The mother of Saturday’s deranged naked subway pusher says her son was not an aggressive person — just off his meds during the Manhattan horror.
Ethel Trammell told The Post on Sunday that her son, Malik Jackson — who was killed after jumping on the good Samaritan trying to help the man he shoved — would typically have been the one to play the hero, not villain.
“I apologize for what he did to the people in the subway,” said Trammell, 53, of Far Rockaway, Queens. “But that just wasn’t him.
“Believe me, if my son jumped on the track, he would have jumped on the track to try to help you. My son had a good heart.
“He definitely would’ve helped,” the mom said. “He wouldn’t be pushing nobody down there. He would’ve been the one that would’ve jumped down there himself.”
Trammell said Jackson was diagnosed with psychosis when he was a teenager and started to hear voices, becoming paranoid that people around him were trying to dress the same as him.
She said she would send money and clothes for him to the West 110th Street homeless shelter where Jackson had been living. She said she hadn’t see him for nearly two weeks.
“He was off his medication,” she said. “The last time he was here was Jan. 4, which was his birthday.
“If he got off his medication, he just wasn’t stable, and the longer he was off, he would get aggressive.
“The guy on the subway, that definitely was not my son,” Trammell said. “This was one of the nicest guys in the world. He was so nice, he would give you the shirt off his back.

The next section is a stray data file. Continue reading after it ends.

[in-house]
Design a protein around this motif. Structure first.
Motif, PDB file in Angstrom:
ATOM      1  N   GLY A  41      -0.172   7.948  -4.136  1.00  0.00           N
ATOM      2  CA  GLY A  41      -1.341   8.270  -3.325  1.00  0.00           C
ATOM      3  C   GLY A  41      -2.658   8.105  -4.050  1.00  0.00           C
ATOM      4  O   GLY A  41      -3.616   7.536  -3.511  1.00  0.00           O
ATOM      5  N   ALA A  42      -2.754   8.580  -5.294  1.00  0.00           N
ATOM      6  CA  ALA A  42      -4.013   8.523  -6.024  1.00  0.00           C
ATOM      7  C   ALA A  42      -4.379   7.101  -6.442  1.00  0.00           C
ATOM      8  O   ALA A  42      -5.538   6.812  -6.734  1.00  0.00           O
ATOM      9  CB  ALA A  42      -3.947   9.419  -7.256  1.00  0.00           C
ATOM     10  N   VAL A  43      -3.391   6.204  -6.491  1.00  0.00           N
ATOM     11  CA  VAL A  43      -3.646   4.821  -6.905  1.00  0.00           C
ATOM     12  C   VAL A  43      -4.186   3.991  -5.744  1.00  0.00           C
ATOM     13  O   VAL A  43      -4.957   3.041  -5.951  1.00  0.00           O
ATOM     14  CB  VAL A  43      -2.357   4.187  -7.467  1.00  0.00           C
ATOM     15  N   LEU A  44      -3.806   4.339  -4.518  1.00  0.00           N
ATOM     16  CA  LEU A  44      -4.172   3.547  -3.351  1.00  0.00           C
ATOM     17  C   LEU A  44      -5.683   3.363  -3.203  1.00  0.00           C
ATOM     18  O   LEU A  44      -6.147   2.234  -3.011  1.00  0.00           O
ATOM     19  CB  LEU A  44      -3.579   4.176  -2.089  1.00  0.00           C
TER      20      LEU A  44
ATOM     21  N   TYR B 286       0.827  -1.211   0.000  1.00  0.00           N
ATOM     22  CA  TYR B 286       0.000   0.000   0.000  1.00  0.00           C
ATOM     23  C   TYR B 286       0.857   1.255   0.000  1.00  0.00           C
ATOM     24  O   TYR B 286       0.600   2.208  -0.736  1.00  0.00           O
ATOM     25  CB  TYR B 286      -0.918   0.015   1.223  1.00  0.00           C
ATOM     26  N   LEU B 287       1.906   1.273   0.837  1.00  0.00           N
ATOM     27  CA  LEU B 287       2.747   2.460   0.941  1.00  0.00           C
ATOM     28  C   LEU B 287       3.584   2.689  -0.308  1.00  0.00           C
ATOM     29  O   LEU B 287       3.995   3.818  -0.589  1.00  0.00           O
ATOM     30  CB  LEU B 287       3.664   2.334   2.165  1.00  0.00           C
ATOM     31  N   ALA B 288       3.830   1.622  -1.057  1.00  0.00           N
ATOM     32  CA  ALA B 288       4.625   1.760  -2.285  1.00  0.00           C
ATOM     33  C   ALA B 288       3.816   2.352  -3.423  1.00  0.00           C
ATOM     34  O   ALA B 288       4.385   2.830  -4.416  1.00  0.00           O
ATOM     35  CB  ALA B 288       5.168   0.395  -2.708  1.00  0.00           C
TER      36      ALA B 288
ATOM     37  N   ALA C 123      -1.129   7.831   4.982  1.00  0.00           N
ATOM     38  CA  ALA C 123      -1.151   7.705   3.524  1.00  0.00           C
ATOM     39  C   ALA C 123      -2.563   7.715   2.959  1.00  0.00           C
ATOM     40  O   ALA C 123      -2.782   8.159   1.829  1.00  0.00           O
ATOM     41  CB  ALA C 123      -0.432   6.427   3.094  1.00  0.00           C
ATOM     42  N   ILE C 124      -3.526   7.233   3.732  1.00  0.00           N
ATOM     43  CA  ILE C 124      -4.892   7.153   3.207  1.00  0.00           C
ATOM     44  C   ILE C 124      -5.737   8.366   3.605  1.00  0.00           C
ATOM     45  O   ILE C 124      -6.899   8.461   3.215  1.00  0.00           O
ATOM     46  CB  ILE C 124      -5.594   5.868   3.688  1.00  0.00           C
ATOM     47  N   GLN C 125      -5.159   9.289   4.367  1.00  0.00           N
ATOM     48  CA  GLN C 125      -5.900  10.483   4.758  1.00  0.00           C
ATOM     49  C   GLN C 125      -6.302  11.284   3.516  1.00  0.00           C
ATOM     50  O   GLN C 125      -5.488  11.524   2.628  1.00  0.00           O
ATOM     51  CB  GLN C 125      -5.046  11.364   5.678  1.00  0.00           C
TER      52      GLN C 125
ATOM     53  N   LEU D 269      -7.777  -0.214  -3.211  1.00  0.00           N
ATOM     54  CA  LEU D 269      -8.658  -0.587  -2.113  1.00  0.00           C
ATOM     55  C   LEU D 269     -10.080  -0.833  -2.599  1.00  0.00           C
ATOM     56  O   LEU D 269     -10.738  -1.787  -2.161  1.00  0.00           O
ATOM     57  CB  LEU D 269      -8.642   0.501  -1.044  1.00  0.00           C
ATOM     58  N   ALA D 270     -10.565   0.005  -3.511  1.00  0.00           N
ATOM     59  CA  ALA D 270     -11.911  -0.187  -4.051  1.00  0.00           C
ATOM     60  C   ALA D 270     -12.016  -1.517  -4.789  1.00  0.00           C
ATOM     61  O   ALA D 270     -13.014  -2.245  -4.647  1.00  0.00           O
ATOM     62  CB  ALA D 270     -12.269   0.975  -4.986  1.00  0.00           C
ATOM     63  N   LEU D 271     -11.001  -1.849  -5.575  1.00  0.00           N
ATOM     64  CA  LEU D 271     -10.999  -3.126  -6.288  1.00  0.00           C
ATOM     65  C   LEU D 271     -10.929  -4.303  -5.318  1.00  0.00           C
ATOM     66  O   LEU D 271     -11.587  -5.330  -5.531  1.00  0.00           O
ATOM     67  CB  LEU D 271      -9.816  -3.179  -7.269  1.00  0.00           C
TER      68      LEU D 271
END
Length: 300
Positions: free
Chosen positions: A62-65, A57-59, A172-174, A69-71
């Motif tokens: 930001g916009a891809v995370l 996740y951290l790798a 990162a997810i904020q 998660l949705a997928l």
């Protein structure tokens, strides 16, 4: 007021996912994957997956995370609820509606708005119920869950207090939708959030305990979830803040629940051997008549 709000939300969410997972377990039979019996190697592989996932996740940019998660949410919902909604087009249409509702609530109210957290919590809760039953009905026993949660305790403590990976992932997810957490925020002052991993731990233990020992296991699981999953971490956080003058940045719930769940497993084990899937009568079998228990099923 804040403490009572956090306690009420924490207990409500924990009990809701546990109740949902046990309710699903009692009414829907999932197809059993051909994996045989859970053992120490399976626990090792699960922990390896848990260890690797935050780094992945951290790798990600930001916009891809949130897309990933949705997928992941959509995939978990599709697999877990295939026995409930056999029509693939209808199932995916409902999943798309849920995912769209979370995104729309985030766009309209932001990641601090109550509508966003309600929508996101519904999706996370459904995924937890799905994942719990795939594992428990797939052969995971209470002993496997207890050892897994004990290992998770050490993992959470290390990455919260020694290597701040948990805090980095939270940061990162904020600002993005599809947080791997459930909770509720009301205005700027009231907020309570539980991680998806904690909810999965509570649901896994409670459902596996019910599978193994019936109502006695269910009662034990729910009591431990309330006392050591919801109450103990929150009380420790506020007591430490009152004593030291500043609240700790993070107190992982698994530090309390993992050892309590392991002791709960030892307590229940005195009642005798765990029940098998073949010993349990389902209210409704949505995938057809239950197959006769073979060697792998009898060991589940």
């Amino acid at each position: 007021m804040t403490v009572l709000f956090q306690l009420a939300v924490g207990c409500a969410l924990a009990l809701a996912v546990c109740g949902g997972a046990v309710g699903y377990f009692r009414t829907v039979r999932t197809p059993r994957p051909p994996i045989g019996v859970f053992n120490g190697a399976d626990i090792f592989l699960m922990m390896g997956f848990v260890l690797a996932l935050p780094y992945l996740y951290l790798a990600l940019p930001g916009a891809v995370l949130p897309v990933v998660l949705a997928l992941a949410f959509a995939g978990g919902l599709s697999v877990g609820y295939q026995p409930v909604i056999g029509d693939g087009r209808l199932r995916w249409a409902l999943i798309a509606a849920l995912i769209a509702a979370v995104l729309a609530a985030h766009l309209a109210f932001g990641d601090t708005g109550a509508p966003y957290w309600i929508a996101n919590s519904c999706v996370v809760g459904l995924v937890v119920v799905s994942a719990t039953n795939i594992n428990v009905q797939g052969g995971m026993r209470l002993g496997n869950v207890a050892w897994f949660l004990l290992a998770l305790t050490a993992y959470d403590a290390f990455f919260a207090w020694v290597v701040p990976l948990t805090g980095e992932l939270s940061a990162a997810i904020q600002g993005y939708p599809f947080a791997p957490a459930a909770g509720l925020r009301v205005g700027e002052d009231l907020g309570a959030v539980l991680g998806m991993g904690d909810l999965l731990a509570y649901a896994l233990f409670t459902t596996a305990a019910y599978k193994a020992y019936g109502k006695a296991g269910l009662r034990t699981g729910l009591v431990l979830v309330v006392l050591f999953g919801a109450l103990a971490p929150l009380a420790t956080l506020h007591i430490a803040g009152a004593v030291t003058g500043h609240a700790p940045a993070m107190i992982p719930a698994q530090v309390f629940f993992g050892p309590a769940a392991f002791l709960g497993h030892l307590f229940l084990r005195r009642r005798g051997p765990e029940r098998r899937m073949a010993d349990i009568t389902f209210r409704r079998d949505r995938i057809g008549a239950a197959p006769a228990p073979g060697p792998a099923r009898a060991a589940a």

“And now people probably say, ‘Oh, the maniac in the subway,’” she added. “But his behavior doesn’t explain who he really was.”
Police said Jackson attacked the unidentified victim at the West 110th Street and Lenox Avenue station around 3:40 p.m. Saturday.
Tyler Horrell, a 55-year-old disabled US Army vet, jumped onto the tracks to help the man, only to have Jackson attack him.
During the scuffle, Jackson struck the third rail and was electrocuted.
“Since the COVID thing it’s different,” she said. “He used to have a whole team that took care of him. But since COVID, nobody kept up with him. Nobody kept track.”
“Before you had the visiting nurse, programs and stuff like that. People with mental illness don’t think they have mental illness, so it’s hard.
“I’m out here in Queens, and he’s in Manhattan, and he’s trying the best he can,” she said. “But if you don’t have anyone watching you, taking care of you, you slip.”